Thursday, January 10, 2002

The Maisonette


Who is really the star?

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        Janet Block, who was a vice president long before women were supposed to have such titles, introduced me to the Maisonette. She was a top-ranking executive at Shillito's, which was a top-ranking department store in downtown Cincinnati, which was a top-ranking city.

        She told me I would love this restaurant because “the food is very, very good and you'll be treated like royalty.”

        Because I'm with you, I said.

        “No, because that's the way they treat everybody,” she said.

        Janet has retired. Shillito's is an apartment building. As for Cincinnati, well, we don't seem to be at the top of anybody's list these days.

Founding family

        The Maisonette, however, remains the same: very, very good. The founding family continues to ply its trade in the heart of a city deserted by retailers and disdained by sports fiefdoms who demanded public money to continue to serve up an inferior product.

        When Janet and I sat down to lunch at the Maisonette, it was one of three five-star Cincinnati restaurants in the Mobil Travel Guide. There were only 13 nationwide. The other two here — Pigall's on Fourth Street and the Gourmet Room in what was then the Terrace Hilton on Sixth — lost their stars in the mid-1970s. This year, 14 restaurants have been anointed and the Maisonette held its five stars for the 38th consecutive year, more than any place else in the country.

        Criteria, according to the Mobil Web site, are “flexible,” depending on the region and the restaurant's style. “For example, if a fine French restaurant covers the tables with tableclothes, those cloths should be of the finest quality with a high thread count and perhaps some custom damask detailing.”

        The restaurants are rated by “a national network of independent experts” who make anonymous visits. But I suppose if an alert proprietor sees a stranger counting the threads in the tablecloth, he might make sure the water glasses are always filled and the silverware clean at that table.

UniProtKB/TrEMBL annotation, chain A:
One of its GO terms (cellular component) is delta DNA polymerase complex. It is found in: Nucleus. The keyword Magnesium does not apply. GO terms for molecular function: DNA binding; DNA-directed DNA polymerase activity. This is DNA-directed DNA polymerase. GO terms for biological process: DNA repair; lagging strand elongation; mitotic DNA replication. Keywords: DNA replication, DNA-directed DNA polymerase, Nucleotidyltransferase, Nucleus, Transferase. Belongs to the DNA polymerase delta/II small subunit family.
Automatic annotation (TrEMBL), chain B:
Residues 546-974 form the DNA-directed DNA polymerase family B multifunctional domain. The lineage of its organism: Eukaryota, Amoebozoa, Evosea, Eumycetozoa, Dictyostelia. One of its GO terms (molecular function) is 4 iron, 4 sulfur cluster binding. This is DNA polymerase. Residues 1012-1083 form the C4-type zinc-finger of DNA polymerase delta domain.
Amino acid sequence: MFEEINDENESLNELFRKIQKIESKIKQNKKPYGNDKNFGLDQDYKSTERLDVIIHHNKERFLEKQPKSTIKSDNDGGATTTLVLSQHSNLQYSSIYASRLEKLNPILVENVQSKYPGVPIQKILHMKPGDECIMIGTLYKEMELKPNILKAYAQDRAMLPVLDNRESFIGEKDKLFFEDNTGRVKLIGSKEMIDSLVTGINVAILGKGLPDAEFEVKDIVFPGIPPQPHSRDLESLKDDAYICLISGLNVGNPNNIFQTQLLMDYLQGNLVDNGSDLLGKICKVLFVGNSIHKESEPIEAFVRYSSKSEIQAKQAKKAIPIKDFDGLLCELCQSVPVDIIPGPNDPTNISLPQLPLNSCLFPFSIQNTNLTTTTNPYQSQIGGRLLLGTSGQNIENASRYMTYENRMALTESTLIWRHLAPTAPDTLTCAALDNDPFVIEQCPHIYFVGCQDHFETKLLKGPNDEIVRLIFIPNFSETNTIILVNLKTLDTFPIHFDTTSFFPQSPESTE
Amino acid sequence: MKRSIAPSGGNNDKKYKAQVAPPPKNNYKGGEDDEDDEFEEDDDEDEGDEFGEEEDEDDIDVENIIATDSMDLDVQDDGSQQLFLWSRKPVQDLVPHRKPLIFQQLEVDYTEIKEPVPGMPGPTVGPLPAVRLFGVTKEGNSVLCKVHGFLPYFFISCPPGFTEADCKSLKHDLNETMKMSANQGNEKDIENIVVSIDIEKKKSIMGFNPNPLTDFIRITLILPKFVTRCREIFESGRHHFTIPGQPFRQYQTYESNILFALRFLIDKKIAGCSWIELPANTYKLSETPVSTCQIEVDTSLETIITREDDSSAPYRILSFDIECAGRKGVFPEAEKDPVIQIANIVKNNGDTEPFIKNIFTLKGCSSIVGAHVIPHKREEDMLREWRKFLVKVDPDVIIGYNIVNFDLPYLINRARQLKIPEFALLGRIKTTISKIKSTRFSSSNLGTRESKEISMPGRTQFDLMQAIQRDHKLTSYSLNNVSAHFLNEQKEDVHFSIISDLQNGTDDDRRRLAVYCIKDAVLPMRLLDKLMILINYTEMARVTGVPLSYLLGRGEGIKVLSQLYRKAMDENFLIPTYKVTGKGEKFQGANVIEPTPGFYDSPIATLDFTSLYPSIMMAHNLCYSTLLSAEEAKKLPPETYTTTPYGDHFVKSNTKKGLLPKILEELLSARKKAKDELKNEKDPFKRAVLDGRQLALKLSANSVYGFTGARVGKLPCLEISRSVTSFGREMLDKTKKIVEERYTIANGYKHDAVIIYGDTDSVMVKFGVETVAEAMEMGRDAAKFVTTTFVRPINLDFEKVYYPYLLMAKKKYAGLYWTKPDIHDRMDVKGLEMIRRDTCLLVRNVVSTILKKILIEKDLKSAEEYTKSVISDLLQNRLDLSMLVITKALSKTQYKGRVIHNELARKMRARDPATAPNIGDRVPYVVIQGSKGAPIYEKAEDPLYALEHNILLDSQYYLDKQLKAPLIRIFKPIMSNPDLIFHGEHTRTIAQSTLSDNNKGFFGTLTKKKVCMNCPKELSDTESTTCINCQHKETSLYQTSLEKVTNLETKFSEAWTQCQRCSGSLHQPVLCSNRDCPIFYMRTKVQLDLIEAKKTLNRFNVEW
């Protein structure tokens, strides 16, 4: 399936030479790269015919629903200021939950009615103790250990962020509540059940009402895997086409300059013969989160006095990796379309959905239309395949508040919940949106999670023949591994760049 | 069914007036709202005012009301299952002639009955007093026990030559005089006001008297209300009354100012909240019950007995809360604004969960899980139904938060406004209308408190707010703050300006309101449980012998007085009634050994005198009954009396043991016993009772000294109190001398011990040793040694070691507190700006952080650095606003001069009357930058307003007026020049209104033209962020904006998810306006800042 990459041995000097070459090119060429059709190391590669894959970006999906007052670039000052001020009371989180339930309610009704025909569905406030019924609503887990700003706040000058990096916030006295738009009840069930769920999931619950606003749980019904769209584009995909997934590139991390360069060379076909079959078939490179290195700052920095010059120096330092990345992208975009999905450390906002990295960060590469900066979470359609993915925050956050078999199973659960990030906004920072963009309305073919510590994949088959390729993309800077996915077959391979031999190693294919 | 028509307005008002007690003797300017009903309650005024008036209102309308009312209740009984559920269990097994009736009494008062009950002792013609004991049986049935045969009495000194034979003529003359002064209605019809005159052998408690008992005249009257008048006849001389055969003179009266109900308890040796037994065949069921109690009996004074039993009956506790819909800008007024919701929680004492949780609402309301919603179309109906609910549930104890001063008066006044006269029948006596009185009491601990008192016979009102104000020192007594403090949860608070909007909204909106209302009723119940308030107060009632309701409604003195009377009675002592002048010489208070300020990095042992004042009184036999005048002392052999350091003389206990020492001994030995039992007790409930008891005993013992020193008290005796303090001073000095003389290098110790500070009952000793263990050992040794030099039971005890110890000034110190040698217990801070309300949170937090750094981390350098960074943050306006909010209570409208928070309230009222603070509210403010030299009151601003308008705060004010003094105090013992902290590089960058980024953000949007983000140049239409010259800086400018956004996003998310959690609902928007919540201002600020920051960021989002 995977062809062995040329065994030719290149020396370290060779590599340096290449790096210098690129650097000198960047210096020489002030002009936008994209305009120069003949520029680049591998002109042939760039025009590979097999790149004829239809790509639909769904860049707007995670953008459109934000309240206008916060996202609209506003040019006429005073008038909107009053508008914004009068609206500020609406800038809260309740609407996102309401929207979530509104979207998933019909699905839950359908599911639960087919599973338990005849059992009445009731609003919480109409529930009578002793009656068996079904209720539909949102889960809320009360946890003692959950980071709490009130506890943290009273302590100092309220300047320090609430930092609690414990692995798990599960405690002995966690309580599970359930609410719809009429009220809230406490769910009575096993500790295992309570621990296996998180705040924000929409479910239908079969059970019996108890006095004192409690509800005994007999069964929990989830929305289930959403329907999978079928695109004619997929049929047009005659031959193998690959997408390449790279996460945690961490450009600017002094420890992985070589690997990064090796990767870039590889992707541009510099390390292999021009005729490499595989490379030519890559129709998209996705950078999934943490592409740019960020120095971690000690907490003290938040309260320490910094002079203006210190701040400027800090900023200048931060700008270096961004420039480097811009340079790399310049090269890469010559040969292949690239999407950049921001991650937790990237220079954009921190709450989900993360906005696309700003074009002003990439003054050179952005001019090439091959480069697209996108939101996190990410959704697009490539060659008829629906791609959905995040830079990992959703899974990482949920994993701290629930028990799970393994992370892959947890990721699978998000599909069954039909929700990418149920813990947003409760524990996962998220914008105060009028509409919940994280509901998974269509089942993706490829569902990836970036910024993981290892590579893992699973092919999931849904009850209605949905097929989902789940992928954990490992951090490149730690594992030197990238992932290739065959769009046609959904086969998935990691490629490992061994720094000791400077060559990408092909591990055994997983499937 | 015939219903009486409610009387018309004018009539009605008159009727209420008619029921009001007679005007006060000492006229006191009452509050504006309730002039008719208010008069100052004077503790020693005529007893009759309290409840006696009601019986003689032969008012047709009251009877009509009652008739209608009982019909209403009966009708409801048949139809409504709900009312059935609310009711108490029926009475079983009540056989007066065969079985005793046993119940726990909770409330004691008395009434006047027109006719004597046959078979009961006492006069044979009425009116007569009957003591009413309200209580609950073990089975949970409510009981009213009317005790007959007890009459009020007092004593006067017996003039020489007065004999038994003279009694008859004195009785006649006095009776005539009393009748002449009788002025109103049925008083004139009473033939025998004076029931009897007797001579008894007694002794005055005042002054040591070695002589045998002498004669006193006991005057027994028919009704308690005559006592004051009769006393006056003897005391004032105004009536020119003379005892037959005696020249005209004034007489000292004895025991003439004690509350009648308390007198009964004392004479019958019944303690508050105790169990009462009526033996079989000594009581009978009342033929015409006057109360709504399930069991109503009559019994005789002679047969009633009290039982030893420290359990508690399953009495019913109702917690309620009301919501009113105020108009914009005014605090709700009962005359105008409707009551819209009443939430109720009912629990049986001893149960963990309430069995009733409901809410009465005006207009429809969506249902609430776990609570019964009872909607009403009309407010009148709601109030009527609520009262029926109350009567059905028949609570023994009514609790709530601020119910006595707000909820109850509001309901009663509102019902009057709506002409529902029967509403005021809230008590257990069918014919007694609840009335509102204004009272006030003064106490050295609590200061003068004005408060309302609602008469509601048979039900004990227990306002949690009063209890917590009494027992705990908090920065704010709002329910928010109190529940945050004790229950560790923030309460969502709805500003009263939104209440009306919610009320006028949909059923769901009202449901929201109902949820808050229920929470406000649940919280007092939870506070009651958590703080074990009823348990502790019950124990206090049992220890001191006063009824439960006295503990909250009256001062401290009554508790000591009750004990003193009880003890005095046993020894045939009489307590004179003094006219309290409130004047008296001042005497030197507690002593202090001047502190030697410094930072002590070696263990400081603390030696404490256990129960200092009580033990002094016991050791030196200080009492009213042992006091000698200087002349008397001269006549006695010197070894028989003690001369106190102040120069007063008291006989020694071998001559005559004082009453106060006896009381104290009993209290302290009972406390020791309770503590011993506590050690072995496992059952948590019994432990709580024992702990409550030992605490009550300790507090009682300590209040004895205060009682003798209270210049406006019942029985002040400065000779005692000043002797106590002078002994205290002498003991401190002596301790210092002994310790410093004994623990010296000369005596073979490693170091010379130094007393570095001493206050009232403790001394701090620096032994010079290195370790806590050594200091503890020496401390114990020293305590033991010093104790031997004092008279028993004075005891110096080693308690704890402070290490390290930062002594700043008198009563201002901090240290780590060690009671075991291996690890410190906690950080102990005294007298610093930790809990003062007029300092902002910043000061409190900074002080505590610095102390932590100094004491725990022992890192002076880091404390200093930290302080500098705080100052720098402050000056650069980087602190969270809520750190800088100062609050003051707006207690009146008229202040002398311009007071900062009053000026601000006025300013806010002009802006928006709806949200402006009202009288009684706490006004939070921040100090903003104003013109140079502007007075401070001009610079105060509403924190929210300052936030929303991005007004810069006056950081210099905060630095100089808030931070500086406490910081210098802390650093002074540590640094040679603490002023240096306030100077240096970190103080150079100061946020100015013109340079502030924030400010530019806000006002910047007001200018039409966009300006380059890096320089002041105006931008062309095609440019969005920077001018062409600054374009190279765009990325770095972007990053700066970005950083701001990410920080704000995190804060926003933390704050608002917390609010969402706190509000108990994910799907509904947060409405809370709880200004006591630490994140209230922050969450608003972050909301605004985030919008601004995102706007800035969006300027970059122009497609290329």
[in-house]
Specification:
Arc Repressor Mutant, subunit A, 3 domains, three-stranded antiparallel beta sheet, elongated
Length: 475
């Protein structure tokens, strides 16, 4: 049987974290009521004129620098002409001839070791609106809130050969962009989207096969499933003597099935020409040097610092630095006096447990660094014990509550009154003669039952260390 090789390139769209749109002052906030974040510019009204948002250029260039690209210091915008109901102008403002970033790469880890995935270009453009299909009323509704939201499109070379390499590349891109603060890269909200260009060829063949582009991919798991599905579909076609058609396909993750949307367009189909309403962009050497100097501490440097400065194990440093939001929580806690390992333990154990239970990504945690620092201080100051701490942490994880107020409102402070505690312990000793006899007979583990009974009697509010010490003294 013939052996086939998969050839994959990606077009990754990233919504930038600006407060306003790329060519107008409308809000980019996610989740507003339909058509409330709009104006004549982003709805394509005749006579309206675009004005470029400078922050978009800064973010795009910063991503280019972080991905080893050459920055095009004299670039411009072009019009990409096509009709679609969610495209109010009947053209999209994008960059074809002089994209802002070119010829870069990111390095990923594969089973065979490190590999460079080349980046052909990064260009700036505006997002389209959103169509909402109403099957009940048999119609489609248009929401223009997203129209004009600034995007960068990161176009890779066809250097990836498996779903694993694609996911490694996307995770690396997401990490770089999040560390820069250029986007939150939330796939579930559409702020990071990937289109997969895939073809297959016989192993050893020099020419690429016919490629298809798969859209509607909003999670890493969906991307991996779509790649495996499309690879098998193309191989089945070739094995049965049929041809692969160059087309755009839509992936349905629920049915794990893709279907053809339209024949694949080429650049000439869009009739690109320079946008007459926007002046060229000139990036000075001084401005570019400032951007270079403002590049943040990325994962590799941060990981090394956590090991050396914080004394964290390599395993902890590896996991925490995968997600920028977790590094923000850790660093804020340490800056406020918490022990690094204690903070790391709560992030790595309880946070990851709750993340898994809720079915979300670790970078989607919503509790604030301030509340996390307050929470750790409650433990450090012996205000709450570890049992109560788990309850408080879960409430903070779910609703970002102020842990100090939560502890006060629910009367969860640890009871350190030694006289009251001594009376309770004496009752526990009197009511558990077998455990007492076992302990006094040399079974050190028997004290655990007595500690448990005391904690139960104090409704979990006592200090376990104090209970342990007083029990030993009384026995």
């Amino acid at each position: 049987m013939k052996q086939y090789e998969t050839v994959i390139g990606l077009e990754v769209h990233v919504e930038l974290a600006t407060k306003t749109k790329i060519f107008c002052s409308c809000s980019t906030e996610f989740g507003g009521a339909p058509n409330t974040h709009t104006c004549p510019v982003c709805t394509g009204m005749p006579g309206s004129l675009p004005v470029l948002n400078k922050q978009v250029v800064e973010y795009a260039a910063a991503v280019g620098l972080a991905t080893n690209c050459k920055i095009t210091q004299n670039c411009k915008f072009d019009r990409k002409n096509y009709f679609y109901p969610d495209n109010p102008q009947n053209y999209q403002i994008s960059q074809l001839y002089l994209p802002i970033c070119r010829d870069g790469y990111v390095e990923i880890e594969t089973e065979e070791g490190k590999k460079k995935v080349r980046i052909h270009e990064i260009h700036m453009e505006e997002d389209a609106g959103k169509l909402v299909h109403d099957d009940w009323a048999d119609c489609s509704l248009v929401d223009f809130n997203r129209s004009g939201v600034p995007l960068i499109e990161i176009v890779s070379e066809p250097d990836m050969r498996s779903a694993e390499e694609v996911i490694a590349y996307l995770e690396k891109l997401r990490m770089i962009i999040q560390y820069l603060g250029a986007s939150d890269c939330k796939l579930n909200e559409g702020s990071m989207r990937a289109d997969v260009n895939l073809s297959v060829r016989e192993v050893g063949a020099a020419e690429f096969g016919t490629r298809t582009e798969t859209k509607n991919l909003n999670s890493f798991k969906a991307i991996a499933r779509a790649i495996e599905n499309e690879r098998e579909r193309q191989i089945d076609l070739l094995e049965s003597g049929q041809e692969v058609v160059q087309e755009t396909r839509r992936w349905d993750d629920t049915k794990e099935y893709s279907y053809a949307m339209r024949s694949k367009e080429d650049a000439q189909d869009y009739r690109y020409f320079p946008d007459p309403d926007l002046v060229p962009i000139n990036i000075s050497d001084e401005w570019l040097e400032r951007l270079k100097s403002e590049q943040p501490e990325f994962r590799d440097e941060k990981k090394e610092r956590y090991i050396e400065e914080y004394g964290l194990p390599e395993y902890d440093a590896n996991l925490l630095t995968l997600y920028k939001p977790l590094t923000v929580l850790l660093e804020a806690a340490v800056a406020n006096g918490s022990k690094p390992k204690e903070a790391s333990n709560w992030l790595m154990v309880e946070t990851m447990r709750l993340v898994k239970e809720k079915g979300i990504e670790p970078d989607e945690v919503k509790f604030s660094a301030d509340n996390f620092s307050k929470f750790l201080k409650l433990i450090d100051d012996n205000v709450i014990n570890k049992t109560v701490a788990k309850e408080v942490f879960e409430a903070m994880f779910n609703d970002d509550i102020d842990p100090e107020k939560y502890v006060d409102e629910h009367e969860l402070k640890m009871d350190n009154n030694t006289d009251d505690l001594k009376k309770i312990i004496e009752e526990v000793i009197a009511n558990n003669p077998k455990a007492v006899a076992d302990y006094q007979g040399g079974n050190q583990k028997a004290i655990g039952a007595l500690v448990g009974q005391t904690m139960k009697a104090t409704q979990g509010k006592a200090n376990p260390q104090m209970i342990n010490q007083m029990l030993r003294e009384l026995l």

Wretched excess

        “Our notable newcomer is New York's restaurant Alain Ducasse, which enters the rating program as a five-star recipient,” a Mobil spokesman said Tuesday. This “notable newcomer” is the place in the Essex House hotel where you can get a fixed-price meal for $280 per person. The wine list is sealed in wax, and the person who signs for the tab is presented a dozen fountain pens from which to choose.

        I haven't been there for a while, but I am assured that there is no wax-encrusted menu or wretched excess of fountain pens at the Maisonette. This is probably a good idea, because the sensible people of Cincinnati would probably laugh so heartily at these pretensions that it would be distracting to somebody trying to count threads.

        But what, I wondered, is the secret of their success? How have they managed to survive the riots, not to mention the demise of the three-martini lunch?

        Managing partner Michael E. Comisar says he's proud of the new chef, Bertrand Bouquin, and “everybody else who works so hard here. But we really owe a lot to the community. It's more than the Comisars and the food. People in Cincinnati have made this a special place.”

        In other words, after all these years and 190 stars, the people who run the Maisonette still think the customer is important.

        Maybe that's the secret.

       E-mail Laura at lpulfer@enquirer.com or call 768-8393.

       



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